Travel & Expat Lifestyle Magazine

To find new expat friends, look for a pub quiz

Kas Pub QuizI’m not proud of it of course but I have to admit that I’m normally no good at making new friends as an expat adult. It’s challenging enough when I’m in my home town or at least a town where everyone speaks the same language I do, and it’s even more difficult when I’m living in a foreign country.

We all live and learn and develop strategies, so I’m compelled to share the one I’ve found the most success with in different parts of the world for finding friends, namely the “pub quiz.” If you are living in a place with more than a few British expats, or even American ones, it’s likely there is at least one weekly pub quiz going on.

What is a pub quiz?

In the United States we’d call this a “trivia night” and there might be other names elsewhere, but the British version seems to have taken hold internationally so it’s the one to look for, even in the US itself. Evidently this particular style of trivia contest started in the UK in the 1960s and it’s turned into a ritual in pubs all over the UK and then all over the world.

Basically, there is a quiz master or host or presenter who writes that week’s questions, and everyone else breaks into teams of between 2 and (usually) 6 to answer them. In some places the quiz master is the same every week, and in others they rotate so anyone can take a chance once they know the local formula.

Generally, the answers are written down on one common sheet per team and then scored by another team or the quiz master at the end, though there are some pub quizzes where teams shout the answers out live. There’s usually a round of photos or other pictures to identify, and sometimes there are musical clues, but most of it is just asking trivia questions on a wide variety of topics. Usually there is a small fee for each player, which then goes to the winning team or teams.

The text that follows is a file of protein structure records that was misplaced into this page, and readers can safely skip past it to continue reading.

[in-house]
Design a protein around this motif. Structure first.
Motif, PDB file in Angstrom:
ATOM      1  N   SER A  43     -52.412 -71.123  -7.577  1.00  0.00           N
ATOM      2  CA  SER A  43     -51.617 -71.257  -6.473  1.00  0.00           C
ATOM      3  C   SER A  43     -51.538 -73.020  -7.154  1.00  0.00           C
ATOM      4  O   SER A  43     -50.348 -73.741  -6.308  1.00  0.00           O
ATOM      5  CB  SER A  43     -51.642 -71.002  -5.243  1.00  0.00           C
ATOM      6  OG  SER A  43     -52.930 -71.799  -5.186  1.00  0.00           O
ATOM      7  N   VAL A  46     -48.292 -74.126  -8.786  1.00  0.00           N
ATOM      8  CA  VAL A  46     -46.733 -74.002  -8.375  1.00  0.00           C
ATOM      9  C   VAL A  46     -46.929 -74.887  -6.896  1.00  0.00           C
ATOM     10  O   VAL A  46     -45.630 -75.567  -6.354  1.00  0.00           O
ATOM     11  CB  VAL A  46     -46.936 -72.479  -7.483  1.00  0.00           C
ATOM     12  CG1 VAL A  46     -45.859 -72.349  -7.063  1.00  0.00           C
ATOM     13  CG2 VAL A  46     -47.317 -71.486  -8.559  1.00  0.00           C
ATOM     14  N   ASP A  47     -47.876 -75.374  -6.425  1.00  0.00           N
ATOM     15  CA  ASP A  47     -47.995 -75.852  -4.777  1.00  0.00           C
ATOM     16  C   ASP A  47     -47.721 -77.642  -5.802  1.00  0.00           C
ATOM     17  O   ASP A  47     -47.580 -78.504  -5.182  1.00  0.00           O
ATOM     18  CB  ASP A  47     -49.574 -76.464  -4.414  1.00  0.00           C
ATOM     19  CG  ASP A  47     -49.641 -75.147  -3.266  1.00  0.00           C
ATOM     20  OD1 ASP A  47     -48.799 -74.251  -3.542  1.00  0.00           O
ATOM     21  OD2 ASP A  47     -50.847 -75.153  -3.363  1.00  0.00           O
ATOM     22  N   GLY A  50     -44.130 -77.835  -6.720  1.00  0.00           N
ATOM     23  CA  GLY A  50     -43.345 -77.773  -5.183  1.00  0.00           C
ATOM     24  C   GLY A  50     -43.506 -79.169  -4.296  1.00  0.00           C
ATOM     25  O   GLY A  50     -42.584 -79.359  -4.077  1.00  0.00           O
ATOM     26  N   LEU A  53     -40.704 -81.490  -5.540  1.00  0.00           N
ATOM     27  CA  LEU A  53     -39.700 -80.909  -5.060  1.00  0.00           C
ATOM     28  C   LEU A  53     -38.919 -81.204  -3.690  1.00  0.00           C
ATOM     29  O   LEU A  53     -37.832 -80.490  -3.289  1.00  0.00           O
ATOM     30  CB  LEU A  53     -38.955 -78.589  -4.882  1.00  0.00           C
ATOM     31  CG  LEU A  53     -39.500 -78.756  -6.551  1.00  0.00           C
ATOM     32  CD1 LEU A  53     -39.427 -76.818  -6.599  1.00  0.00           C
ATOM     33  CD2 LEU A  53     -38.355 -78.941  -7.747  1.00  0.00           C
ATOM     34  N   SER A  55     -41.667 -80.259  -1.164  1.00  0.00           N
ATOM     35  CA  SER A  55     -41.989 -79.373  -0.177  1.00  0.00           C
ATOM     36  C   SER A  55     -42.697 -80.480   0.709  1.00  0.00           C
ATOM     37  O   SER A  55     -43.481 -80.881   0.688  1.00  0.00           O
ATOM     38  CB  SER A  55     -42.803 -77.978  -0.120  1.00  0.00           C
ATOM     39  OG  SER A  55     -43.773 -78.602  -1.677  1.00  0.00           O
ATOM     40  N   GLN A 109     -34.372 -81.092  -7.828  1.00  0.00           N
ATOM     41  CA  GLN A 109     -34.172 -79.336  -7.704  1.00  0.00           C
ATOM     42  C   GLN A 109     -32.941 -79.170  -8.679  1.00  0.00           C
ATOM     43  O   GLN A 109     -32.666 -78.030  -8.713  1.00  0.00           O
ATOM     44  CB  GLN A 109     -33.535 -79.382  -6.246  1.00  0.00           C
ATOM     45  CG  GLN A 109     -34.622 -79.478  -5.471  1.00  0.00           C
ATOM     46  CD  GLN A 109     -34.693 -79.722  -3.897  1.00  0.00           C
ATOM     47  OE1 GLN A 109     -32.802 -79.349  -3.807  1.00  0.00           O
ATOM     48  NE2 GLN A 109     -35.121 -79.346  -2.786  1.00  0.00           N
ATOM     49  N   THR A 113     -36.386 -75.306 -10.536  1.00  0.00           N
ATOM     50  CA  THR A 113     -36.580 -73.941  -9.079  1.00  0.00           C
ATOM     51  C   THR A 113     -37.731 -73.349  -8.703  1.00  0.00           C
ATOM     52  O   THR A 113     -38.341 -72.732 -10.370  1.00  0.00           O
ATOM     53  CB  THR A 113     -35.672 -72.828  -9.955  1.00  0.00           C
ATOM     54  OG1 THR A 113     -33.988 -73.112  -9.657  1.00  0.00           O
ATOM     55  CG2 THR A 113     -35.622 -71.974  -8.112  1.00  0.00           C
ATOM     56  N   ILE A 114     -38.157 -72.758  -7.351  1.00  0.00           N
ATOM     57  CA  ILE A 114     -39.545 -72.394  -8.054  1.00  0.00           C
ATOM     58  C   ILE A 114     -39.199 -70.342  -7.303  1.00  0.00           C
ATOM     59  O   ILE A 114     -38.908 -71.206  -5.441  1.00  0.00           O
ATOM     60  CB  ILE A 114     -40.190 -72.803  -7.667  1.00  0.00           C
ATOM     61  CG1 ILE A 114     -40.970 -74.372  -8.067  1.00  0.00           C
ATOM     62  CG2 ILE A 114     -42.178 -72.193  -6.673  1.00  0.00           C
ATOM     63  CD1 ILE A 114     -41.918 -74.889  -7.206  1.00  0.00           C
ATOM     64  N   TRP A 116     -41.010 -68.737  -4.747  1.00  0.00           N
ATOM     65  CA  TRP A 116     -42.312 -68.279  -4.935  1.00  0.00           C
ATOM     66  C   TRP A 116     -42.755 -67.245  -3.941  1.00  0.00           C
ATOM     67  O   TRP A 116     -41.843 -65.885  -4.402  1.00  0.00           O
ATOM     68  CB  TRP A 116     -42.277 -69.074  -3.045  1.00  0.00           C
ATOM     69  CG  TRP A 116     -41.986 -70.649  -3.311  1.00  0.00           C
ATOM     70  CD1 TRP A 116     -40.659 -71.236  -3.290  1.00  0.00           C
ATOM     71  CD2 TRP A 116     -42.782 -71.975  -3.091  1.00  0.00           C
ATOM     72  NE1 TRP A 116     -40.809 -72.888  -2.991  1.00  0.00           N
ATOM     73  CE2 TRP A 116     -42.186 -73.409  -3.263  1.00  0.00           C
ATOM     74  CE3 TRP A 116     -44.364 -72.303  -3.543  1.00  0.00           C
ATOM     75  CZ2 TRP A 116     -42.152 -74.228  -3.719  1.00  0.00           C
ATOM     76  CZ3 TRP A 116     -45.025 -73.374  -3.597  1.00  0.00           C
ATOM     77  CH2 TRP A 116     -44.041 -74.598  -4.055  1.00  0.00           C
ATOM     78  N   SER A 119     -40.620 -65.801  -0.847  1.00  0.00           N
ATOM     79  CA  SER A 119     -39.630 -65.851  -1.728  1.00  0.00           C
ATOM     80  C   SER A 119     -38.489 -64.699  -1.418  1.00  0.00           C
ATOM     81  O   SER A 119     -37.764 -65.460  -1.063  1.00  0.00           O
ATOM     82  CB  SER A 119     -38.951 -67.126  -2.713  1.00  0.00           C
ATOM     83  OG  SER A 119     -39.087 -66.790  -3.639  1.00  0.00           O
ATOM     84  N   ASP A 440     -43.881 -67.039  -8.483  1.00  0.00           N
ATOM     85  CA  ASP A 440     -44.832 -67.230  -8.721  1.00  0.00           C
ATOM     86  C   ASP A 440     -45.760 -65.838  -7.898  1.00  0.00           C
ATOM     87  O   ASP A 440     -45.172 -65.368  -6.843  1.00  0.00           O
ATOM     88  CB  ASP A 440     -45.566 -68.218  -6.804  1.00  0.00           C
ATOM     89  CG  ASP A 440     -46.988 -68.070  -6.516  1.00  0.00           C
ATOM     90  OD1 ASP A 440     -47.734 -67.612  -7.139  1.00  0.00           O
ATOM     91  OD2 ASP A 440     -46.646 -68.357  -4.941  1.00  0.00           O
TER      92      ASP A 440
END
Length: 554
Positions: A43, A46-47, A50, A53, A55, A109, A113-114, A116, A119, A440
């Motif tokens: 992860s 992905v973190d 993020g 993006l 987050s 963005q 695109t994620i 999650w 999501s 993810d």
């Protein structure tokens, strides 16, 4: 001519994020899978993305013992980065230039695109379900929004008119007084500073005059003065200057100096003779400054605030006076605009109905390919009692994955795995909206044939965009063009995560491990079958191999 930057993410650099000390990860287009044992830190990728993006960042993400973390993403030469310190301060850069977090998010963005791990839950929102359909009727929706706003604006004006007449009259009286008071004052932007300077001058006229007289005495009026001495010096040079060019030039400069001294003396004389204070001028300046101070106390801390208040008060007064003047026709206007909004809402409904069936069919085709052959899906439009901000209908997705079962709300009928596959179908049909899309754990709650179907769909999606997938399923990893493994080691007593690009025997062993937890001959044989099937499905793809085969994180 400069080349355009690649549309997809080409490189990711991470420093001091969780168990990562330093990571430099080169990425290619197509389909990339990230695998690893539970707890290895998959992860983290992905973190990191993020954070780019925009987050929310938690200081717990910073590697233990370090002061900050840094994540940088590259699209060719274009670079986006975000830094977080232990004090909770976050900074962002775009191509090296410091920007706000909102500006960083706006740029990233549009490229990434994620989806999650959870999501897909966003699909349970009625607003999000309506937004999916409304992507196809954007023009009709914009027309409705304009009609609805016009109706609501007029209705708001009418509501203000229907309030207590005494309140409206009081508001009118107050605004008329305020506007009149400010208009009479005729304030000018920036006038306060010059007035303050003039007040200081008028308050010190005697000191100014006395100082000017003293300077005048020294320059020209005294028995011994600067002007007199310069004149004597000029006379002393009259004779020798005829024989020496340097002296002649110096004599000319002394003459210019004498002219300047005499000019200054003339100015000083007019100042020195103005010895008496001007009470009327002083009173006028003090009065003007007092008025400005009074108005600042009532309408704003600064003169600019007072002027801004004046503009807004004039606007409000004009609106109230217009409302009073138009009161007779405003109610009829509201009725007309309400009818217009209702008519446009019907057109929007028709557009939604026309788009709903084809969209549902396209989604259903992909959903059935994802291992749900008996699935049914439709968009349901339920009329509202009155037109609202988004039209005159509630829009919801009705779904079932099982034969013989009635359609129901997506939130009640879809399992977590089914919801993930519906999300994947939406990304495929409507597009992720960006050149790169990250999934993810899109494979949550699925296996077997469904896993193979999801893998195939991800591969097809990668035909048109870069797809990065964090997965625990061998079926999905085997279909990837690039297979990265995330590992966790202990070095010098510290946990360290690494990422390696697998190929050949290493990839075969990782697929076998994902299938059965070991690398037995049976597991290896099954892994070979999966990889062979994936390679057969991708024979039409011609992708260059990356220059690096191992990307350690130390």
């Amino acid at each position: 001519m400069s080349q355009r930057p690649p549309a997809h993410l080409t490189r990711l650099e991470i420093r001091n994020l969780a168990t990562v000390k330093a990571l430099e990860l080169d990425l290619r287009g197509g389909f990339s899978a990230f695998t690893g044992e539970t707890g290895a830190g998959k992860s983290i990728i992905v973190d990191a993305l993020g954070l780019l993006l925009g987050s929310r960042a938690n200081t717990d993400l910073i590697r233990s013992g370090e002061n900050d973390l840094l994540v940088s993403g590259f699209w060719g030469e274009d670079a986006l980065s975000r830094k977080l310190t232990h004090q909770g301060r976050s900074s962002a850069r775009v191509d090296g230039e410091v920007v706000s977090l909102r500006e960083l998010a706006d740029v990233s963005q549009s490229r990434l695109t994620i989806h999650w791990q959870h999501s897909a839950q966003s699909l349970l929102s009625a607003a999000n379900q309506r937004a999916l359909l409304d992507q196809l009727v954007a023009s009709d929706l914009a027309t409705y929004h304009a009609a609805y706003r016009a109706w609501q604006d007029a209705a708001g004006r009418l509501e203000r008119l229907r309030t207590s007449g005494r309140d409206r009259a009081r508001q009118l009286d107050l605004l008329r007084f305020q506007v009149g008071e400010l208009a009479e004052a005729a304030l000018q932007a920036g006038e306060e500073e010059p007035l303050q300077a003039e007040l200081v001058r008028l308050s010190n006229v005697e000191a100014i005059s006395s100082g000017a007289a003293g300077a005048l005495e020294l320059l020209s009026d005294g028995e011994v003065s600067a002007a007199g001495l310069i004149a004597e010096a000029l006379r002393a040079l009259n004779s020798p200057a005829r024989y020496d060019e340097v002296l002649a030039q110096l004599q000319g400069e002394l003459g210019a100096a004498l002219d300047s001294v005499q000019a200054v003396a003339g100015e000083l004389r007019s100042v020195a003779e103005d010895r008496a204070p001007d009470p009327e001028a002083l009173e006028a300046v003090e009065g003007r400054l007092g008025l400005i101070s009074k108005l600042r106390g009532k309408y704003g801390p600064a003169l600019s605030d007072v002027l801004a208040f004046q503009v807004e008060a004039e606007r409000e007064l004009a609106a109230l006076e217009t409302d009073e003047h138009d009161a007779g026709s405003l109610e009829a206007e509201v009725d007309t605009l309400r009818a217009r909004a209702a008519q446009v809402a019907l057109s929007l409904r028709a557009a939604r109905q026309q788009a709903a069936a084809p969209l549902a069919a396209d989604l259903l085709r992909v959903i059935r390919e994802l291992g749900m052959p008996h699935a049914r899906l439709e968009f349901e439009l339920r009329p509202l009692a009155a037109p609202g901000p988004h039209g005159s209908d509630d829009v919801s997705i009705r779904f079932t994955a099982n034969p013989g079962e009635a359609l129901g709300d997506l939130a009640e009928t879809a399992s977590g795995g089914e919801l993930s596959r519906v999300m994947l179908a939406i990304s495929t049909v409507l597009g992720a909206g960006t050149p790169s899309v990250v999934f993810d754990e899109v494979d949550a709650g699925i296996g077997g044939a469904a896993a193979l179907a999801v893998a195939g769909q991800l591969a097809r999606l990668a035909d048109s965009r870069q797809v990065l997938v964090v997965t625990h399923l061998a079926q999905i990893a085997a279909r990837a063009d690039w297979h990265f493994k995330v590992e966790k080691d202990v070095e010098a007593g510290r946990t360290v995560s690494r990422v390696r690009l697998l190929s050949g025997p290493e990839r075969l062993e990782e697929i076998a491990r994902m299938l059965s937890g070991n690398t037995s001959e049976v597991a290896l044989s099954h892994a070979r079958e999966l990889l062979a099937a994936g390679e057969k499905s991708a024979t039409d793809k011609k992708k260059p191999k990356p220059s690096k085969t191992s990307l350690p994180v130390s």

An ideal social event for newcomers

It’s true that people who are fond of trivia in general will enjoy pub quizzes more, but everyone is welcome and the main point is a social evening rather than a cutthroat competition. In other words, all are welcome, and in the games I play in about half the crowd is mostly there for a night out rather than a serious game.

The best part of it for meeting people is that it’s a pressure-free environment where you can be nearly silent at first and ease your way into the conversation. Sort of like a first date going to a movie, it’s an ideal way to spend time with new people without having to be locked into a full-on conversation the entire time.

As I implied up top, I’m quite shy so if I meet a new group of people at a bar or restaurant where it’s all about the conversation, I tend to be very quiet at first. But in a pub quiz, that’s not bad or unusual at all, and hopefully you’ll know some answers that will ingratiate you within your team.

Being a newcomer in Amsterdam, Kas (Turkey), and even New York City, I’ve turned up at pub quizzes and after only a few weeks I was a regular member of the social circle. In most cases I was then invited along for dinners or other outings, all because I played on the pub quiz team.

If you are terrible at trivia you might feel pressure being part of a team that could actually make it stressful, though even if you aren’t an expert it’s likely you’ll have some valuable answers and can at least join in the conversations at times. It’s something to consider if your social circle is smaller than you’d like.


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